With no prior medical history of an acute left infe-rior limb ischemic episode, an embolic etiology of the left anterior tibial artery occlusion was ruled out.
Anticoagulation regimen the presence of AF EHRA II score and CHA2DS2-VASc=4, HAS-BLED=4 scores had to be decided. NOAC’s (Apixaban, Rivaroxaban, Dabigatran) were excluded with respect to concomi-tant severe CKD and prolonged corticosteroid treat-ment. Vitamin K antagonist (Acenocoumarol) was proposed as a life-long anticoagulation INR-adjusted regimen.
Therapeutic regimen for SLE consisting of Predni-sone 10 mg od along with Atorvastatin 80 mg od was recommended. SLE induced atherosclerosis and documented CAD required statins, benefits of this pharma-cotherapy being indisputable11,12.

Figure 1. SLE Disease Activity Index (SLEDAI-2K) between 2004-2018.

Figure 2. Lipid profile between 2004-2018.

Figure 3. ECG recording at admission.

Figure 4. Enlarged left ventricle (parasternal long-axis view).

Abbreviations: Ao – aorta, LA – left atrium, LV – left ventricle, RV – right ventricle.

Figure 5. Moderate mitral regurgitation (apical 4 chambers view).

Abbreviations: LA – left atrium, LV – left ventricle, RA – right atrium, RV – right ventricle, MR – mitral regurgitation.

Figure 6. Left coronary angiogram: LM – left main coronary artery, LAD

– left anterior descending artery. Arrows indicate LAD aneurysms (1) and severe stenosis (2).

Figure 7. Left coronary angiogram: LM – left main coronary artery, LAD – left anterior descending artery, Cx – circumflex artery. Arrows indicate LM (1) and marginal branch (2) stenosis, respectively Cx occlusion (3).

Figure 8. Right coronary angiogram: RCA – right coronary artery, Cx

– circumflex artery. Arrows indicate RCA stenosis (1) and collaterals to occluded Cx (2).

In the SLE population, traditional risk factors for CVD are reinforced by cardiovascular risk factors secon-dary to SLE such as the presence of antiphospholipid antibodies (APL) that play an essential role in throm-bogenesis and presence of antibodies against HDL cholesterol13.
At the time of diagnosis, 36.3% adult SLE patients experienced dyslipidemia, while 60% develop altered lipidic profiles after 3 years assessment14,15. Specific SLE dyslipidemic profi les can either be related to ac-tive disease16 or secondary to corticotherapy17,18. Ne-vertheless, a clear distinction between the two profi – les cannot be established.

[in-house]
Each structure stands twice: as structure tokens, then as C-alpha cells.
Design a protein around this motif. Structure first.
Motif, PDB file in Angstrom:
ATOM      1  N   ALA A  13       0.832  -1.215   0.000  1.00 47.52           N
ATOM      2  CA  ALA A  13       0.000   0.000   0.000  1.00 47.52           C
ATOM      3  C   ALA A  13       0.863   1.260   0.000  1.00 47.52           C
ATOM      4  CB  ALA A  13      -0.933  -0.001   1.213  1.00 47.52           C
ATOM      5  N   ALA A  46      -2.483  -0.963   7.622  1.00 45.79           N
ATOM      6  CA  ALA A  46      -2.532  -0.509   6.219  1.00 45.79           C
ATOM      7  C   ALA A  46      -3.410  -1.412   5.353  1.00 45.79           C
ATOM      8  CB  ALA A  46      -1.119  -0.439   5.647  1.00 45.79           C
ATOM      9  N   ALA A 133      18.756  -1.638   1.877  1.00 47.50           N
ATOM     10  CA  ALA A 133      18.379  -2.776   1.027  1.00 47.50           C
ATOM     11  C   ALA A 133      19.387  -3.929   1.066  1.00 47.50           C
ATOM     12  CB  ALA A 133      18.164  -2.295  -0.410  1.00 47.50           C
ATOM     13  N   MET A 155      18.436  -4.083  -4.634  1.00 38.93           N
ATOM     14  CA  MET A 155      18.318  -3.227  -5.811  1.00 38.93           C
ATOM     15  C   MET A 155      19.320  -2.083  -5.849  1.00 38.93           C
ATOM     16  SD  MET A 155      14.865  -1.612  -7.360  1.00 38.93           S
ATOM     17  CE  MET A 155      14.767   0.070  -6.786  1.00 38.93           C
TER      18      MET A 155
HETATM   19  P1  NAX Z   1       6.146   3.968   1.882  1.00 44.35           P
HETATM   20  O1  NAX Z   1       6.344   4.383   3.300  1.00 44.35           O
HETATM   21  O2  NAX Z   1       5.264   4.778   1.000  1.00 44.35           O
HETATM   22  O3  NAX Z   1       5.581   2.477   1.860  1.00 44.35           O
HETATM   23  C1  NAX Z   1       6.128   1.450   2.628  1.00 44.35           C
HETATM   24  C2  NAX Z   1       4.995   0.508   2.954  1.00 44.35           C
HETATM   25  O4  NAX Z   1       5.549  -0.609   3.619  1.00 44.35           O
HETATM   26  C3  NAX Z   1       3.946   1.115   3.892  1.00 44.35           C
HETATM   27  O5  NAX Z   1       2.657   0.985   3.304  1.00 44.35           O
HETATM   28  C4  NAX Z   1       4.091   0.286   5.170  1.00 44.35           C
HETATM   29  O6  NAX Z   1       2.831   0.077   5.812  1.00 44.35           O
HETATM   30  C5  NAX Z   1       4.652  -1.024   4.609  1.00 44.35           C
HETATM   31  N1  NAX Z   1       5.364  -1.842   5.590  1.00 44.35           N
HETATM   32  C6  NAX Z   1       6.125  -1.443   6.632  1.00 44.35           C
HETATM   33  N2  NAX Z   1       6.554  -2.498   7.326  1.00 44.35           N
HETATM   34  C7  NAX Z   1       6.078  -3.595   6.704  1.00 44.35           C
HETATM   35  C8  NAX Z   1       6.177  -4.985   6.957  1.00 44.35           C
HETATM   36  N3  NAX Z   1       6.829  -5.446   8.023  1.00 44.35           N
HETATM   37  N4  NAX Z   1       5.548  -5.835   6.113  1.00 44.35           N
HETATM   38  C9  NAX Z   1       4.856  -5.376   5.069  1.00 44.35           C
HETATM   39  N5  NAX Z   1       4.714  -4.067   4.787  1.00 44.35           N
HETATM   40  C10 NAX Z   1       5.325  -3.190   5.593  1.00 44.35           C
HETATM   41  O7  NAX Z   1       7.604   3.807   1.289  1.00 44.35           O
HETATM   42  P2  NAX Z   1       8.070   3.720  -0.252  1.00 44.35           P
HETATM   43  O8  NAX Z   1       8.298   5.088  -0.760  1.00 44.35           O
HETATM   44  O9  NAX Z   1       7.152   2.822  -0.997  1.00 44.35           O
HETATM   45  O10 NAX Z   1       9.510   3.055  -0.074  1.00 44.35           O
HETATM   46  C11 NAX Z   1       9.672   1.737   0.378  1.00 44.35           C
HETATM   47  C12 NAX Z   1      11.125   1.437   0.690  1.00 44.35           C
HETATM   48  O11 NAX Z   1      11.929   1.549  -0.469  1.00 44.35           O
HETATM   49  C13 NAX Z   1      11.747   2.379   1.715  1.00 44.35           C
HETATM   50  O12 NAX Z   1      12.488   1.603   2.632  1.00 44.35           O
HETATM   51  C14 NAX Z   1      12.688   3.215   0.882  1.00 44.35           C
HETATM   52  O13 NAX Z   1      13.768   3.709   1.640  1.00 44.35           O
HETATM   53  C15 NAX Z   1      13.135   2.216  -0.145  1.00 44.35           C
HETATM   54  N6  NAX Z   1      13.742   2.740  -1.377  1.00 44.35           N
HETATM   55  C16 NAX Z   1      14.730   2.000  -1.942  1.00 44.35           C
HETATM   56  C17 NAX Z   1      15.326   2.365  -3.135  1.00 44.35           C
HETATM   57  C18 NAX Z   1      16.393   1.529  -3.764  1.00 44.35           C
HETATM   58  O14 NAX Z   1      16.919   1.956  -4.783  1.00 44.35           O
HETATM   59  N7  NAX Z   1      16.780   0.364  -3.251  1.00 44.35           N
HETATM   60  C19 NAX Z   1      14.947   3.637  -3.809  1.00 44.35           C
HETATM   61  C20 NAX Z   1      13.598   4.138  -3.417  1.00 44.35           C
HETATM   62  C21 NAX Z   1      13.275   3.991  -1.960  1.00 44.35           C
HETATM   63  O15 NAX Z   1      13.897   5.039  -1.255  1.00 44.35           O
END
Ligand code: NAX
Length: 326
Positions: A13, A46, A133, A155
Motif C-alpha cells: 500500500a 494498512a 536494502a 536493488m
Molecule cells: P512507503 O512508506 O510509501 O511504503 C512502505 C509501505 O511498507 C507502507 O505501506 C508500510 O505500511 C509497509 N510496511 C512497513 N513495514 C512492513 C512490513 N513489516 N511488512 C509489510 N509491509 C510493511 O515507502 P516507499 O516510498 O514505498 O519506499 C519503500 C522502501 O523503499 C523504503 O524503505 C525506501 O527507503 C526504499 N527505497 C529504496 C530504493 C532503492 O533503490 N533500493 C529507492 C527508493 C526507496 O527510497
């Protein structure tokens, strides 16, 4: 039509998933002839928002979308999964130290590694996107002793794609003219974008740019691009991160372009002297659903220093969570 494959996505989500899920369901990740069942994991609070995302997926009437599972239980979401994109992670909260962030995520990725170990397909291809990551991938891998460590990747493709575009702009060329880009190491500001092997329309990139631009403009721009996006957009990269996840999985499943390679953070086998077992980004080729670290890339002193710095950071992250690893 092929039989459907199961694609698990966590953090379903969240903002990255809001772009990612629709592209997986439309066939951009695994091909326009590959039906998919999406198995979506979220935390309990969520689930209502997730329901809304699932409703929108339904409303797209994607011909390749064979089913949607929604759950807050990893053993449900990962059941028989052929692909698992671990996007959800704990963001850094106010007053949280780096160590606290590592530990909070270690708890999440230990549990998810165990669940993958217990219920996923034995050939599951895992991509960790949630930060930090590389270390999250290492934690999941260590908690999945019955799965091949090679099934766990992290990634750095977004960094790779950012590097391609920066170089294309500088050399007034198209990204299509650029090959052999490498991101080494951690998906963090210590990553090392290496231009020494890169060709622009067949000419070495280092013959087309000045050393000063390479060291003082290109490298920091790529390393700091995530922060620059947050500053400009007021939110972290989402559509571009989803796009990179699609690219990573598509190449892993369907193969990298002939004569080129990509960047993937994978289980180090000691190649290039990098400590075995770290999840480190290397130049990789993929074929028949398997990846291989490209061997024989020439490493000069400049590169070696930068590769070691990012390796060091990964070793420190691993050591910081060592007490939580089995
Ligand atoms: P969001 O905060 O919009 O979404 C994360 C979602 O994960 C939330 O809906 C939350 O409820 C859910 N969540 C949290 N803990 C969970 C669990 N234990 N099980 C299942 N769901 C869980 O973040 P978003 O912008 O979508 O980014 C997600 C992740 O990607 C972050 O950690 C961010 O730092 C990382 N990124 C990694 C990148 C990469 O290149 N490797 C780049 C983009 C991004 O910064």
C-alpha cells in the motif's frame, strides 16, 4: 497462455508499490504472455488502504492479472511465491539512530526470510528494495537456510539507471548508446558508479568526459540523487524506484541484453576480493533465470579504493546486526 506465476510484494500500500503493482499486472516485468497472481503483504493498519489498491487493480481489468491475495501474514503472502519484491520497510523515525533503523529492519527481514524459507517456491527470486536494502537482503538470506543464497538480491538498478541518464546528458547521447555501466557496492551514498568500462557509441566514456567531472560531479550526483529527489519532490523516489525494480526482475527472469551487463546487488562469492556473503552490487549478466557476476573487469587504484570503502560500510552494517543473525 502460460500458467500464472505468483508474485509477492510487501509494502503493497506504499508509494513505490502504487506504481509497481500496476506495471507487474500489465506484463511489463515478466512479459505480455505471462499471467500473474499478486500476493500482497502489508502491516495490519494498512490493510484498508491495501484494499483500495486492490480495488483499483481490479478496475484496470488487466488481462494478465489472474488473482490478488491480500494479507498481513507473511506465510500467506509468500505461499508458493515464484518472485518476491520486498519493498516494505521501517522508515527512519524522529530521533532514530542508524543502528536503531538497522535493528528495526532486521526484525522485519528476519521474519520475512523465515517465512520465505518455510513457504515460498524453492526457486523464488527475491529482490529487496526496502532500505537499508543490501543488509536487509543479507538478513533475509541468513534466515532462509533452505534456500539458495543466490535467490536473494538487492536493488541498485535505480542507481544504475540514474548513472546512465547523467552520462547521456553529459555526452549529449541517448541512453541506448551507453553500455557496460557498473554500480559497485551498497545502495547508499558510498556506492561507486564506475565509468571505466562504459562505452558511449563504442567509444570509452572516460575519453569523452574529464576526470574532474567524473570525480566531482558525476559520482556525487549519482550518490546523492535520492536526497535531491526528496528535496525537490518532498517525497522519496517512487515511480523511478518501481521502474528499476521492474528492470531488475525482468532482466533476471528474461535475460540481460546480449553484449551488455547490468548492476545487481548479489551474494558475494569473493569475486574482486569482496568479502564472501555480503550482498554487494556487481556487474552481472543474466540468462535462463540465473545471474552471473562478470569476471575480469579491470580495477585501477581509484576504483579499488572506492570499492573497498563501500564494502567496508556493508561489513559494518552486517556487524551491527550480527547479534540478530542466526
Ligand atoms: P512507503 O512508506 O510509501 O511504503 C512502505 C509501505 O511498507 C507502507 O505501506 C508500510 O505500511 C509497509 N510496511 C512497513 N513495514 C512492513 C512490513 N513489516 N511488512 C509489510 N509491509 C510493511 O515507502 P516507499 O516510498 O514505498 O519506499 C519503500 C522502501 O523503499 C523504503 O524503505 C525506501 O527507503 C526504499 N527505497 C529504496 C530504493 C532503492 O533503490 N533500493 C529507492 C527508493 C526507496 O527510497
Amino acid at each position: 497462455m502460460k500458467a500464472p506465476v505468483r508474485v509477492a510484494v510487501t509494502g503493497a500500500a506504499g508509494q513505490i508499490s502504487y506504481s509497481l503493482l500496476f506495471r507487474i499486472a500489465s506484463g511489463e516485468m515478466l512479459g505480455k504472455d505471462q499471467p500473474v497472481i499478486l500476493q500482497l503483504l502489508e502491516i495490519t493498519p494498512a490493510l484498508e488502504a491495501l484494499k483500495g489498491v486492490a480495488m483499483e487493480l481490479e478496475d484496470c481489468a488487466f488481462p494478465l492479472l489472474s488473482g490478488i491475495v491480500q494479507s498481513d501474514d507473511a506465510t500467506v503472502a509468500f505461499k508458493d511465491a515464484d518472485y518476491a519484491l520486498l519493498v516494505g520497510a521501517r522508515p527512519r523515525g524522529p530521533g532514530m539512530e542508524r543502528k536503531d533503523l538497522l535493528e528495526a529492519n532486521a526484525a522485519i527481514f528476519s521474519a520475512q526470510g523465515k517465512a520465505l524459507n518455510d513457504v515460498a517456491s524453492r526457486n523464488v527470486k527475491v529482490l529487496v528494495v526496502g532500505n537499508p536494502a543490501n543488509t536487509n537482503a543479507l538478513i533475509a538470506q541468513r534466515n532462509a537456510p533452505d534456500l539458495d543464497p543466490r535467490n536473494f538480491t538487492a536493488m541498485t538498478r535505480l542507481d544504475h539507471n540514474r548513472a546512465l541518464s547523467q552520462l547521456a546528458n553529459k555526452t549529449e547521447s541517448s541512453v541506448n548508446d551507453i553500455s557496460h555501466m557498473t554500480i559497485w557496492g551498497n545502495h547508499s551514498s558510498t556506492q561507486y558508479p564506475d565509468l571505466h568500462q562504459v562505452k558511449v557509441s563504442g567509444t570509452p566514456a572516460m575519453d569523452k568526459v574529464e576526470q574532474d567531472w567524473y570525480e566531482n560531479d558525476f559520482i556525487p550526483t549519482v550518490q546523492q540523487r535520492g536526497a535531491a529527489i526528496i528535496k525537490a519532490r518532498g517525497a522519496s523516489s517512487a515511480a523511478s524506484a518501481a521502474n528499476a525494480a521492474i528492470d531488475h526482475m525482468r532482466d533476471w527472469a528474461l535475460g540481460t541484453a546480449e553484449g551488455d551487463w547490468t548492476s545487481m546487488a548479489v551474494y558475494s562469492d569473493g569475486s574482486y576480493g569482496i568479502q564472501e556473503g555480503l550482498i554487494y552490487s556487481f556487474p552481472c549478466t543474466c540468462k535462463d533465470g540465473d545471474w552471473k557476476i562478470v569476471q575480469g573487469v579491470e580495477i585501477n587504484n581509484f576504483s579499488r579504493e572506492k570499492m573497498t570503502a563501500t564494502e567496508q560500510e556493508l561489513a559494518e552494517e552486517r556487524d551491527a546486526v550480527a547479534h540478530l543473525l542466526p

Lupus patients, particularly those with active di-sease, present a specific dyslipidemic profile with low HDL cholesterol, high triglycerides, increased VLDL cholesterol, and normal to high LDL cholesterol19. Abnormal serum homocysteine20 and an important proinfl ammatory state also contribute to atheroscle-rotic disease in SLE patients as early atherosclerosis is acknowledged as the primary cause of mortality2.
In healthy individuals, hyperlipidemia is lowered by means of HDL and other newly discovered adaptive mechanisms such as an endogenous molecule, Del-1 (Developmental Endothelial Locus-1) that can bind to oxLDL and inhibit binding to oxLDL receptors21. The-se mechanisms are not suffi cient in SLE patients due to the presence of persistent dyslipidemia, renal di-sease, oxidative stress that leads increased production of OxLDL, and occurrence of antibodies against the protein contents of HDL that cancel the protective effects of HDL22.
Increased disease activity in SLE patients has been recognized as a potential non-traditional atheroscle-rotic risk factor, as the incidence of cardiovascular events was reported to be elevated in these indivi-duals23. However, due to important discrepancies between the studies design and the activity indices used, inconclusive results have been reported and an increased disease activity in SLE has not been validated yet as a potential cardiovascular risk factor24.